We keep our distance from the other riders for the rest of the journey, staying close enough that I feel a glimmer of their collective energy but far enough away that I’m not in danger of being invaded by other people’s thoughts.
This time I see a figure as large as Henri raise its hand in the front of the column – the baron? – before the horses slow to a stop. Movement erupts down the line as the torches are extinguished. Henri follows suit, plunging us into darkness, and I blink, momentarily blind. My gelding stops without my urging, no doubt as sightless as I am.
“Here, give me your reins,” Henri rumbles, and I see his dark outline leaning toward me.
I hand them over, straining my eyes, wondering what the other men are doing. The sounds of moving horses, hushed conversation, and rattling weapons fill the night. Is this our ambush point?
Henry leads my horse up the embankment bordering the road – I think we’re heading in the opposite direction as the rest of the men – and then we’re inside the tree line. My eyes were starting to adjust, but I see almost nothing in these deeper shadows, just the outline of trees rising out of the gloom like sentinels on either side of me. Leaves crunch beneath the horses’ hooves. Somewhere nearby, a night bird calls, low and mournful.
The scent of pine fills my nose as Henri leads me onward. We walk a good way into the woods, far enough from everyone else that I can’t hear them anymore. With their energy gone, the cold creeps back in, and I tug my cloak closed and pull my hood up to try and trap my body heat. Finally, Henri stops the horses.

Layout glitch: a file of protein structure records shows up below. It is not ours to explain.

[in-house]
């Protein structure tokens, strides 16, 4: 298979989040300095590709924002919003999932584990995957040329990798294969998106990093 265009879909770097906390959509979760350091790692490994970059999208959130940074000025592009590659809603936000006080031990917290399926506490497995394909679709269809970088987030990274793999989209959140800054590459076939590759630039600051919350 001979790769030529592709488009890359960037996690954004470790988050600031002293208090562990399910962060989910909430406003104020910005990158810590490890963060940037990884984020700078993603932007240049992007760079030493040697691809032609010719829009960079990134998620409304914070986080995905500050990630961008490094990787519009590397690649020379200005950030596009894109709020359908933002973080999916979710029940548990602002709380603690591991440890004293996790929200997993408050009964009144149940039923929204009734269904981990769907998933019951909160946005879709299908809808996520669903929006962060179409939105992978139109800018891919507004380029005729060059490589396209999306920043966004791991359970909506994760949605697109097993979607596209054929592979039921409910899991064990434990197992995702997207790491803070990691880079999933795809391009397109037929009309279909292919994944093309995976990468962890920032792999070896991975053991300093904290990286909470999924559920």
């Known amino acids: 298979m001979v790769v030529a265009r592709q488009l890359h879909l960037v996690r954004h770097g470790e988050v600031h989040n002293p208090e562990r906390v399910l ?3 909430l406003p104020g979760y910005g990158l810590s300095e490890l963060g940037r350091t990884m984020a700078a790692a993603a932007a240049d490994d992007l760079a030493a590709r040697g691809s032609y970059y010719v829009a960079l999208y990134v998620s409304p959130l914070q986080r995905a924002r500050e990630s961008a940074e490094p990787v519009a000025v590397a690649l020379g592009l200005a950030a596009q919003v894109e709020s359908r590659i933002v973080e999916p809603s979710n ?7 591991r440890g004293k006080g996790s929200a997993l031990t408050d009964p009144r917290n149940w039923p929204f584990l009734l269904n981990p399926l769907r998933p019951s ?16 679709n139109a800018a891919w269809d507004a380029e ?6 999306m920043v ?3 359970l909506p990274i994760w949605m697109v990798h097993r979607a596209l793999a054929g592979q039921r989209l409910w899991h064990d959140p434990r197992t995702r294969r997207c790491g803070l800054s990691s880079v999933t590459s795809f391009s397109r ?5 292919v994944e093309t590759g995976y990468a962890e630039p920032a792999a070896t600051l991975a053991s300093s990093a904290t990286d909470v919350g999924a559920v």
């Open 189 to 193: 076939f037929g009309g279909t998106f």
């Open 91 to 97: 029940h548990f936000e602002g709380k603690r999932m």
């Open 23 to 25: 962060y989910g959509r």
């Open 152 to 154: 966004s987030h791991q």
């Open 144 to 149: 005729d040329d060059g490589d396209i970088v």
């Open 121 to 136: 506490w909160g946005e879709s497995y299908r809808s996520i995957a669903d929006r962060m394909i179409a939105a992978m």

“Now comes the hard part,” he says, and I think I hear him dropping from his saddle. “We wait.”
I squint into the darkness, barely able to distinguish his bulky frame as he leads his horse to a low-hanging branch. He ties the reins to it and comes back to me, arms reaching. “Here, I’ll help you down.”
I cling to the pommel as I swing my leg over the saddle, terrified of slipping and breaking an ankle in this godforsaken gloom. Henri’s hands land on my hips, and I tip forward, planting mine on his shoulders and trying desperately to ignore how broad they are, the way I can feel his dense muscles flexing even through layers of clothing and the leather of my gloves. His grip tightens, and then I’m airborne, descending gently to the ground.
“Stay here,” he says, leading my horse away.
“Not like I could go anywhere,” I grumble. I can’t see a damn thing, and I don’t like it. I’m still unsettled by what just happened – I heard someone else’s thoughts – and even Henri, a man who is most likely some sort of mythical creature, was visibly shaken by it. That can’t be good.
At least I got one questioned answered: I’m not turning into whatever he is. But that fact doesn’t do anything to soothe me right now because if I haven’t been infected by some supernatural ague, then what’s happening to me would still be happening whether I came here or not. This isn’t a foreign force corrupting me; it’s been inside me all along.
My breath hiccups and I can feel panic fighting its way to the surface. I grab at Henri as he returns from securing my horse. “Turn it up.”
I don’t have to explain what I mean. His big hand palms the back of my head, pulling me into him even as his energy flares, soothing me. My cheek lands on his chest, the itchy wool of his cloak abrasive on my skin. I shove it out of the way and bury my nose in the softer fabric of his jacket. It smells like him, like sunshine and pine and musk, that particular wild scent that makes me think of deep forest in the middle of summer.